The term “decoupling” has started to appear more and more often in reports dedicated to the current state of US-China relations after, on April 17, The Wall Street Journal published results of a survey of 25 large US companies operating in the PRC, conducted by the American Chamber of Commerce (AmCham) in China and AmCham in Shanghai.
The firms surveyed described their business plans in relation to China. Based on this information, the two organizations then concluded that the COVID-19 pandemic made the “US-China economic breakup” more likely in March 2020 in comparison to October 2019.
The author would like to note that the skepticism expressed by some survey participants about continuing to do business in China is quite justified. In fact, as early as March-April, negative consequences of the disruption in supply chains of components (which invariably exist in complex production and assembly processes) began to be felt. The aforementioned problems were an unavoidable outcome of tough quarantine measures (implemented not only in the PRC but also other countries) as part of the battle to stop the spread of the novel Coronavirus.
In such a climate, only 16% of the respondents (i.e. 4 companies out of 25 surveyed) “said they intended to shift some or all of their production outside China”. Still, the term “decoupling” used by AmCham gained popularity as the anti-China hysteria continued to reach new heights in the United States. Donald Trump himself, whose re-election campaign is not doing well at all, could not resist using the word in one of his Tweets.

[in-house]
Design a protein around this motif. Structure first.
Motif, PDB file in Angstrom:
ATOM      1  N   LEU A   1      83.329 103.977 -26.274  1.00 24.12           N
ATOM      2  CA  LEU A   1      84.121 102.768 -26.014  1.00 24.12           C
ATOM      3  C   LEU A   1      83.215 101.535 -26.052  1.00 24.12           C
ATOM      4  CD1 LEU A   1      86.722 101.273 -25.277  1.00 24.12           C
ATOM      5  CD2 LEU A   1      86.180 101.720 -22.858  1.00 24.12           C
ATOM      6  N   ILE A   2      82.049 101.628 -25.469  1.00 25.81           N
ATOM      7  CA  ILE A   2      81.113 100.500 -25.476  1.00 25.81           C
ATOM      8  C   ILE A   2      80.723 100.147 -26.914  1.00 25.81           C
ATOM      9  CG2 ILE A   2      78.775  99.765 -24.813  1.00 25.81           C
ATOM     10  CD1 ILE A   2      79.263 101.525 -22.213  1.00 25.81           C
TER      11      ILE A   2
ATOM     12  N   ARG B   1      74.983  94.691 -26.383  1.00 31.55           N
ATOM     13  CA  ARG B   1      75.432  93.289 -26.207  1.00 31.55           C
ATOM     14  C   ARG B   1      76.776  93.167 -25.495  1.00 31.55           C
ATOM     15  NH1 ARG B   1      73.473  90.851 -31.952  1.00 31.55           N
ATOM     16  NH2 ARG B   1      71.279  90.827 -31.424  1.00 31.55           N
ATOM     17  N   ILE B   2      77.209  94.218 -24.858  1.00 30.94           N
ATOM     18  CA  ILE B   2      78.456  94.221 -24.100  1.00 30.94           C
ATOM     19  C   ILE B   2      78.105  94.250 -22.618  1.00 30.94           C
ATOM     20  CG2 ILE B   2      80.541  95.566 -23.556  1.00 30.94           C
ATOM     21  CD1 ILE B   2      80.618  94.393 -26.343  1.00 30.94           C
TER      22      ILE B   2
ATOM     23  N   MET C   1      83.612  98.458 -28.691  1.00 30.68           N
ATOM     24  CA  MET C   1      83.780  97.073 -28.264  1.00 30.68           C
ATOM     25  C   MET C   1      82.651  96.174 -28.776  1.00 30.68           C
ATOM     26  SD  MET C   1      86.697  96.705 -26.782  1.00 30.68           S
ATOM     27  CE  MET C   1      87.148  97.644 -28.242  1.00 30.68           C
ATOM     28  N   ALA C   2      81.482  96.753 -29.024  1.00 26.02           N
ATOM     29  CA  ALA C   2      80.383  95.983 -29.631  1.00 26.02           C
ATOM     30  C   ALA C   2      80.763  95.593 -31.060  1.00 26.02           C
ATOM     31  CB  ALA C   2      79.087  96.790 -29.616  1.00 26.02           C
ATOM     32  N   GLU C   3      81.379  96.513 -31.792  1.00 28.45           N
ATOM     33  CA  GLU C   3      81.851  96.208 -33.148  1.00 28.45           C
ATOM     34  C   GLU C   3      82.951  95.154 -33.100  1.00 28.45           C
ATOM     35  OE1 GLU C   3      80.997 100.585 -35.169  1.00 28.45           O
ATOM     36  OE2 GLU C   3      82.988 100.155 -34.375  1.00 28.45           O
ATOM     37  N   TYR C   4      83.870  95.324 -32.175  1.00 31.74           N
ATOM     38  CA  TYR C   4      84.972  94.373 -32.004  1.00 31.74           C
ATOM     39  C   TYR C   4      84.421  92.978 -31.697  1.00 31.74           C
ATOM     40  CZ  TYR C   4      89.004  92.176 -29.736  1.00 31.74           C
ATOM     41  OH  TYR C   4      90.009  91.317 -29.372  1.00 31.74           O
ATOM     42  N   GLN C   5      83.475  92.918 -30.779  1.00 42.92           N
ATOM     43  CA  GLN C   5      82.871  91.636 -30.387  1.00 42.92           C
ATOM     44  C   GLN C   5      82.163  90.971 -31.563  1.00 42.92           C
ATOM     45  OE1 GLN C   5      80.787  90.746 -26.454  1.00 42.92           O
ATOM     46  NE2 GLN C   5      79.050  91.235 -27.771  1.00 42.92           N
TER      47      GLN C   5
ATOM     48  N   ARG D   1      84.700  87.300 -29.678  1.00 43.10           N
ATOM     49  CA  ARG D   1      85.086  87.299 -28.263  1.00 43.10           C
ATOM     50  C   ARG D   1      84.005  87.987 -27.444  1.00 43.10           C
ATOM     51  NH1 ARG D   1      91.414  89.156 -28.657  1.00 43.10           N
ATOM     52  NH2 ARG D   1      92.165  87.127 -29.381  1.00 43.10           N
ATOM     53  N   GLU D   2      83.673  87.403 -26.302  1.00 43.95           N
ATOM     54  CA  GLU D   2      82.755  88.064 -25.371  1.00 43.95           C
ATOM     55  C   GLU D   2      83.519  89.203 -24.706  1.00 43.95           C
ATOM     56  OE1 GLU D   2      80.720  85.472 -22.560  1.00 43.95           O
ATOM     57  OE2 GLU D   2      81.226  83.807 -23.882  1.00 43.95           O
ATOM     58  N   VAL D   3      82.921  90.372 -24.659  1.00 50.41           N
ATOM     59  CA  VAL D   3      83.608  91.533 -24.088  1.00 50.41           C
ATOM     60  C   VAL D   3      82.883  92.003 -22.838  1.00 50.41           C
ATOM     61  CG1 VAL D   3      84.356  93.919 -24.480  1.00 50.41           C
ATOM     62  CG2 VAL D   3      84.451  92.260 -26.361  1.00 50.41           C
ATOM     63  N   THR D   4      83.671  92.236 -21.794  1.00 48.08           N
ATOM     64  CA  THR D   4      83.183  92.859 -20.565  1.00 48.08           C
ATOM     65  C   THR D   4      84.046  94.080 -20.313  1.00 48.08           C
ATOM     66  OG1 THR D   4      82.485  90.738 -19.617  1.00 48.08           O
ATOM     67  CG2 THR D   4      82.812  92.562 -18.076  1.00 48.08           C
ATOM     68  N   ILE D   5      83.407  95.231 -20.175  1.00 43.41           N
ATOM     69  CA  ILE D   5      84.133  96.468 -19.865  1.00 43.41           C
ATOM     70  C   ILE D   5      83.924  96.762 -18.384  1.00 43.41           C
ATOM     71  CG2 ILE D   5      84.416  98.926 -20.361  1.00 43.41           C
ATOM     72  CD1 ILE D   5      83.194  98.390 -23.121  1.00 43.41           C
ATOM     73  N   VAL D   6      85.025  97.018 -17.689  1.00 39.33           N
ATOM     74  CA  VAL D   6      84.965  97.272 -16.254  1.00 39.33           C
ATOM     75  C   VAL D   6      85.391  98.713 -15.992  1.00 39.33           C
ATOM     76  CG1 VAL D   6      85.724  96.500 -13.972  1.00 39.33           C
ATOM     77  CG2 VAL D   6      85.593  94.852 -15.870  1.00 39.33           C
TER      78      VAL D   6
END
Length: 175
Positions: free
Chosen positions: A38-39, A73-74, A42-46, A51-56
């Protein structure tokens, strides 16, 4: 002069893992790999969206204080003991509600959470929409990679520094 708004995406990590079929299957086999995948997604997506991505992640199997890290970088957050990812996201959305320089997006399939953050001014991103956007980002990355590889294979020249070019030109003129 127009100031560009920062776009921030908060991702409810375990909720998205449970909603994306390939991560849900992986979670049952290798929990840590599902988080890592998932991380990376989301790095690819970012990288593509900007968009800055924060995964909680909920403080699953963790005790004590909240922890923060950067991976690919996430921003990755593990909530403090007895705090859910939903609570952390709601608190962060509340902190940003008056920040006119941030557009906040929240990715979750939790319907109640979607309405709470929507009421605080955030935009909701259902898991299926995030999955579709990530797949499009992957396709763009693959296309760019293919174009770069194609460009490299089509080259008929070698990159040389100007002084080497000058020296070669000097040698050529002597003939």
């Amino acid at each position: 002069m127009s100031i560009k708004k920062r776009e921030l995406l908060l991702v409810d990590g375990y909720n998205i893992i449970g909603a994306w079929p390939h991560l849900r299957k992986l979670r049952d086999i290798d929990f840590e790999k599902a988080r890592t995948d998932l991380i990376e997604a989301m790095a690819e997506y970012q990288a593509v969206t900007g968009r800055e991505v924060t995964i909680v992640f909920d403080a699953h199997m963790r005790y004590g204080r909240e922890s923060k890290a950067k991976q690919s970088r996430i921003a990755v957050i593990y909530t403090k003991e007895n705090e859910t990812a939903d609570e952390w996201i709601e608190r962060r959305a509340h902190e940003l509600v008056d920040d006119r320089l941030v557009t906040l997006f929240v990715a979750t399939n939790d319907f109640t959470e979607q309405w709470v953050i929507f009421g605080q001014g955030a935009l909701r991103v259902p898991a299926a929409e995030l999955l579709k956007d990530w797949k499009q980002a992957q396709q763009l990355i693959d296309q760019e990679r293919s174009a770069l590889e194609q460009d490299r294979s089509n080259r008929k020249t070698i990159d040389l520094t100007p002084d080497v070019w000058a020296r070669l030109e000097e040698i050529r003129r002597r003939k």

In May 2020, anti-Chinese hawks in Washington ensured the US Senate “passed a bill that could block some Chinese companies from selling shares on American stock exchanges”. In effect, “it would require overseas firms to follow US standards for audits and other financial regulations”. According to an article published by CNBC in June, Donald Trump wanted “to delist Chinese companies from US exchanges”.
Aside from the aforementioned threats, the US President, along with China’s key nemesis, Secretary of State Mike Pompeo, has come up with practical measures to help “decouple” two of the world’s most powerful economies. Until recently, they successfully (but not without problems as is the norm) complemented each other.